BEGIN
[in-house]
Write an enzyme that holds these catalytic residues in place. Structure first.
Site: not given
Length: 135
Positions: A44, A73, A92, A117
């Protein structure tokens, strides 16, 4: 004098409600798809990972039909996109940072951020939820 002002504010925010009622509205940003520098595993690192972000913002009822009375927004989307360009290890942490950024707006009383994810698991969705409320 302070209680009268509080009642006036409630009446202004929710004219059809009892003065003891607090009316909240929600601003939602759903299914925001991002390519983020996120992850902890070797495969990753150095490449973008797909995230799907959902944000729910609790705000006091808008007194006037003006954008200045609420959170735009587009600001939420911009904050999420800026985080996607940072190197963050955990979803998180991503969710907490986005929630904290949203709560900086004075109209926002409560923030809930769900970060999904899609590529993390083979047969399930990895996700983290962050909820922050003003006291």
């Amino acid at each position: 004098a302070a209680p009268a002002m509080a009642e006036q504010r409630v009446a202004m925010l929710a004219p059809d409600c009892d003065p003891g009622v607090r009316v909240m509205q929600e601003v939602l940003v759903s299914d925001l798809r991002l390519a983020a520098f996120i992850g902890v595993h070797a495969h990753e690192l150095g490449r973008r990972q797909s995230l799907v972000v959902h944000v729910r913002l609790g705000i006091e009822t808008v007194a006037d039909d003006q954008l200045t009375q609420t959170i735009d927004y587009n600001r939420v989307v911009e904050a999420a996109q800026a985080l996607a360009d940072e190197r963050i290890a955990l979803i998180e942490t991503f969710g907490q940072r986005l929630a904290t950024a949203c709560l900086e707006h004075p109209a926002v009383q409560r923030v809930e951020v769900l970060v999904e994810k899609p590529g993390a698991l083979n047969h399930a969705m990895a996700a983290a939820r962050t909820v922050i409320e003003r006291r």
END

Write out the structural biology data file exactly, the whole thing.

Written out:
[in-house]
Write an enzyme that holds these catalytic residues in place. Structure first.
Site: not given
Length: 135
Positions: A44, A73, A92, A117
């Protein structure tokens, strides 16, 4: 004098409600798809990972039909996109940072951020939820 002002504010925010009622509205940003520098595993690192972000913002009822009375927004989307360009290890942490950024707006009383994810698991969705409320 302070209680009268509080009642006036409630009446202004929710004219059809009892003065003891607090009316909240929600601003939602759903299914925001991002390519983020996120992850902890070797495969990753150095490449973008797909995230799907959902944000729910609790705000006091808008007194006037003006954008200045609420959170735009587009600001939420911009904050999420800026985080996607940072190197963050955990979803998180991503969710907490986005929630904290949203709560900086004075109209926002409560923030809930769900970060999904899609590529993390083979047969399930990895996700983290962050909820922050003003006291």
């Amino acid at each position: 004098a302070a209680p009268a002002m509080a009642e006036q504010r409630v009446a202004m925010l929710a004219p059809d409600c009892d003065p003891g009622v607090r009316v909240m509205q929600e601003v939602l940003v759903s299914d925001l798809r991002l390519a983020a520098f996120i992850g902890v595993h070797a495969h990753e690192l150095g490449r973008r990972q797909s995230l799907v972000v959902h944000v729910r913002l609790g705000i006091e009822t808008v007194a006037d039909d003006q954008l200045t009375q609420t959170i735009d927004y587009n600001r939420v989307v911009e904050a999420a996109q800026a985080l996607a360009d940072e190197r963050i290890a955990l979803i998180e942490t991503f969710g907490q940072r986005l929630a904290t950024a949203c709560l900086e707006h004075p109209a926002v009383q409560r923030v809930e951020v769900l970060v999904e994810k899609p590529g993390a698991l083979n047969h399930a969705m990895a996700a983290a939820r962050t909820v922050i409320e003003r006291r």